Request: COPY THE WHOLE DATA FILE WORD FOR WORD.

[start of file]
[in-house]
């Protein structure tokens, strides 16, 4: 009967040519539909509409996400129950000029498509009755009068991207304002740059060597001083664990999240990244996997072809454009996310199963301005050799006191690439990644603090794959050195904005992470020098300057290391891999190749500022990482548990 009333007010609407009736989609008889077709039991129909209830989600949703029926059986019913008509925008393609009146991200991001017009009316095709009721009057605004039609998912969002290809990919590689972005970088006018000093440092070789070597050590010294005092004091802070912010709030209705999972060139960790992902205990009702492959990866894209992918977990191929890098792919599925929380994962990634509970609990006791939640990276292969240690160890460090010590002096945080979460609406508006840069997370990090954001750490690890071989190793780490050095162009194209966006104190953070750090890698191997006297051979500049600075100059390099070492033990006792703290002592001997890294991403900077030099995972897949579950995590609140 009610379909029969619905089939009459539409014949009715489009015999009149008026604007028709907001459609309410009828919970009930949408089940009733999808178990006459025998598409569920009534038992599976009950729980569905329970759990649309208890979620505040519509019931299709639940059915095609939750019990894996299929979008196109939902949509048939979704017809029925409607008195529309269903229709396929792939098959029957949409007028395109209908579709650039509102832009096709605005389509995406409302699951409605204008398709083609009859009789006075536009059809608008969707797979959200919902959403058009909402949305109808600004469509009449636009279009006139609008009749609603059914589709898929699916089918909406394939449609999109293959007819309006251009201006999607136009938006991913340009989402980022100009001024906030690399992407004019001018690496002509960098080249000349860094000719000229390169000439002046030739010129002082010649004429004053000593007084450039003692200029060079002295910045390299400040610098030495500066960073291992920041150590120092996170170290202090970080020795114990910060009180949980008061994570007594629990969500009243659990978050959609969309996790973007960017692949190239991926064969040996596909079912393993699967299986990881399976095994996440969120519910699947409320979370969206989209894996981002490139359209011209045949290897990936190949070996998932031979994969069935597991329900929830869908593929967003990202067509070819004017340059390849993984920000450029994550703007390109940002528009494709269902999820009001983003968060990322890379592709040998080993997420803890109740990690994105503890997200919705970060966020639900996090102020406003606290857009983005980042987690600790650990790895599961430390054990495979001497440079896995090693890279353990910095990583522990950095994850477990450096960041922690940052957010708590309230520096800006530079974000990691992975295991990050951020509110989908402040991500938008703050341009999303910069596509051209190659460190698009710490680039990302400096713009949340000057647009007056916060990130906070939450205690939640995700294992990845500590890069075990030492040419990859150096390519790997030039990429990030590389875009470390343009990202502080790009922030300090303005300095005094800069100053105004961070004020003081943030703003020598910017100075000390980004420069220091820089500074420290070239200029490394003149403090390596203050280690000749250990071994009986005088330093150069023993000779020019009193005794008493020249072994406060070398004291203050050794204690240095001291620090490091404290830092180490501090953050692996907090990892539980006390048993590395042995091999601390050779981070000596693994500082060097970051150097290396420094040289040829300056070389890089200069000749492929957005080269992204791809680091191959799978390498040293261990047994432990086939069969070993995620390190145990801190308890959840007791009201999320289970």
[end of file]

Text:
[in-house]
């Protein structure tokens, strides 16, 4: 009967040519539909509409996400129950000029498509009755009068991207304002740059060597001083664990999240990244996997072809454009996310199963301005050799006191690439990644603090794959050195904005992470020098300057290391891999190749500022990482548990 009333007010609407009736989609008889077709039991129909209830989600949703029926059986019913008509925008393609009146991200991001017009009316095709009721009057605004039609998912969002290809990919590689972005970088006018000093440092070789070597050590010294005092004091802070912010709030209705999972060139960790992902205990009702492959990866894209992918977990191929890098792919599925929380994962990634509970609990006791939640990276292969240690160890460090010590002096945080979460609406508006840069997370990090954001750490690890071989190793780490050095162009194209966006104190953070750090890698191997006297051979500049600075100059390099070492033990006792703290002592001997890294991403900077030099995972897949579950995590609140 009610379909029969619905089939009459539409014949009715489009015999009149008026604007028709907001459609309410009828919970009930949408089940009733999808178990006459025998598409569920009534038992599976009950729980569905329970759990649309208890979620505040519509019931299709639940059915095609939750019990894996299929979008196109939902949509048939979704017809029925409607008195529309269903229709396929792939098959029957949409007028395109209908579709650039509102832009096709605005389509995406409302699951409605204008398709083609009859009789006075536009059809608008969707797979959200919902959403058009909402949305109808600004469509009449636009279009006139609008009749609603059914589709898929699916089918909406394939449609999109293959007819309006251009201006999607136009938006991913340009989402980022100009001024906030690399992407004019001018690496002509960098080249000349860094000719000229390169000439002046030739010129002082010649004429004053000593007084450039003692200029060079002295910045390299400040610098030495500066960073291992920041150590120092996170170290202090970080020795114990910060009180949980008061994570007594629990969500009243659990978050959609969309996790973007960017692949190239991926064969040996596909079912393993699967299986990881399976095994996440969120519910699947409320979370969206989209894996981002490139359209011209045949290897990936190949070996998932031979994969069935597991329900929830869908593929967003990202067509070819004017340059390849993984920000450029994550703007390109940002528009494709269902999820009001983003968060990322890379592709040998080993997420803890109740990690994105503890997200919705970060966020639900996090102020406003606290857009983005980042987690600790650990790895599961430390054990495979001497440079896995090693890279353990910095990583522990950095994850477990450096960041922690940052957010708590309230520096800006530079974000990691992975295991990050951020509110989908402040991500938008703050341009999303910069596509051209190659460190698009710490680039990302400096713009949340000057647009007056916060990130906070939450205690939640995700294992990845500590890069075990030492040419990859150096390519790997030039990429990030590389875009470390343009990202502080790009922030300090303005300095005094800069100053105004961070004020003081943030703003020598910017100075000390980004420069220091820089500074420290070239200029490394003149403090390596203050280690000749250990071994009986005088330093150069023993000779020019009193005794008493020249072994406060070398004291203050050794204690240095001291620090490091404290830092180490501090953050692996907090990892539980006390048993590395042995091999601390050779981070000596693994500082060097970051150097290396420094040289040829300056070389890089200069000749492929957005080269992204791809680091191959799978390498040293261990047994432990086939069969070993995620390190145990801190308890959840007791009201999320289970």